Galloways in the Médoc
Dania Boettcher, who is of Danish origin, settled in the Médoc in 1999, attracted by the Atlantic Ocean to the west and the open and relatively unspoiled natural environment, and initially set about the purchase and restoration of a traditional farmhouse. In 2002 Dania inherited from her uncle a passion to breed pure bred Spanish horses of the Cartujano race She was lucky to start with a gift of a breeding stallion, Gorrion, a pure bred winner of many titles and competitions due to its excellent Cartujano qualities and it was this that motivated Dania to take up the challenge of breeding and selection.
It was a successful venture, and within 10 years the progeny of Gorrión have been sold everywhere in Europe, particularly in Norway, where they are much appreciated. In 2006 Dania wanted to diversify her animal breeding programme and was charmed by the Galloway breed of cattle proposed by a friend. Curiously this ancient race of hardy cattle originating from the lovely Galloway area of the south west of Scotland, is in his element in the pastoral landscape of the Pointe de Medoc ; the Galloway is a robust and healthy , hornless breed with silky-black curly hair, and a friendly and quiet nature.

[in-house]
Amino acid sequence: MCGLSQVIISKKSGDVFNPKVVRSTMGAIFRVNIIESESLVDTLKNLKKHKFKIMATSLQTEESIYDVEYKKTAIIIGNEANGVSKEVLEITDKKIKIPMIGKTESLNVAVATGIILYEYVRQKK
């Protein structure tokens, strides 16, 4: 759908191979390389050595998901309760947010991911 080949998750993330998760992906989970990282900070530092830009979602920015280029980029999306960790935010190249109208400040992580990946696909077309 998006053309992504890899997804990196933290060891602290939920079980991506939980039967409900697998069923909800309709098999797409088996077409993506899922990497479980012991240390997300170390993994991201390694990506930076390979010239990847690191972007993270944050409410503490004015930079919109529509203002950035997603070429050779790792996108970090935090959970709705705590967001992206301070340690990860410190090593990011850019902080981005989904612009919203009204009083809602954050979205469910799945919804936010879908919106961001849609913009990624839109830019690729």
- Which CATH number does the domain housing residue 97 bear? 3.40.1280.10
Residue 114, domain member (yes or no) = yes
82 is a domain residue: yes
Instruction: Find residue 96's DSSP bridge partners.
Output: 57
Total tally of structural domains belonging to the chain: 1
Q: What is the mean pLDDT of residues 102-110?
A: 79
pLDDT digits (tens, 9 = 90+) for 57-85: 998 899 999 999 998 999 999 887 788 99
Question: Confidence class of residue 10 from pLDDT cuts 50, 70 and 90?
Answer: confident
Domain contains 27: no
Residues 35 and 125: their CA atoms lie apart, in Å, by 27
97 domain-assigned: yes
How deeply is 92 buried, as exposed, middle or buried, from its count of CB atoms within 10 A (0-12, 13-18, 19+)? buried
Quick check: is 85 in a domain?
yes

Since 2007 Dania has considerably extended the rented grazing land, some of which is located within the Natura 2000 nature reserve, from 10 to 66 hectares, as well as importing 2 Galloways from the Hérault and a further 12 from Germany; in 2014 she now has a herd of 50 of this rare breed. She has taken the project a step further by producing organic Galloway beef for direct sale to consumers. She also shows her cattle at various local agricultural fairs and events assisted by students and friends, and help is always welcome and needed for example for the annual blood testing, the weaning of young animals and application of ear tags to new born calves, etc.
Now deliveries of Dania’s Médoc organic beef are made from the Pointe de Grave de Médoc to as far as Bordeaux to the south; and as Dania says:
"In spite of the free range and natural life of the cattle, which are born and grow in a more or less wild state, our animals regularly undergo strict and comprehensive health checks; we monitor daily the well-being of each individual animal”
2015 translation: Chris Murray, contact: Dania Boettcher, T. 06.88.15.62.76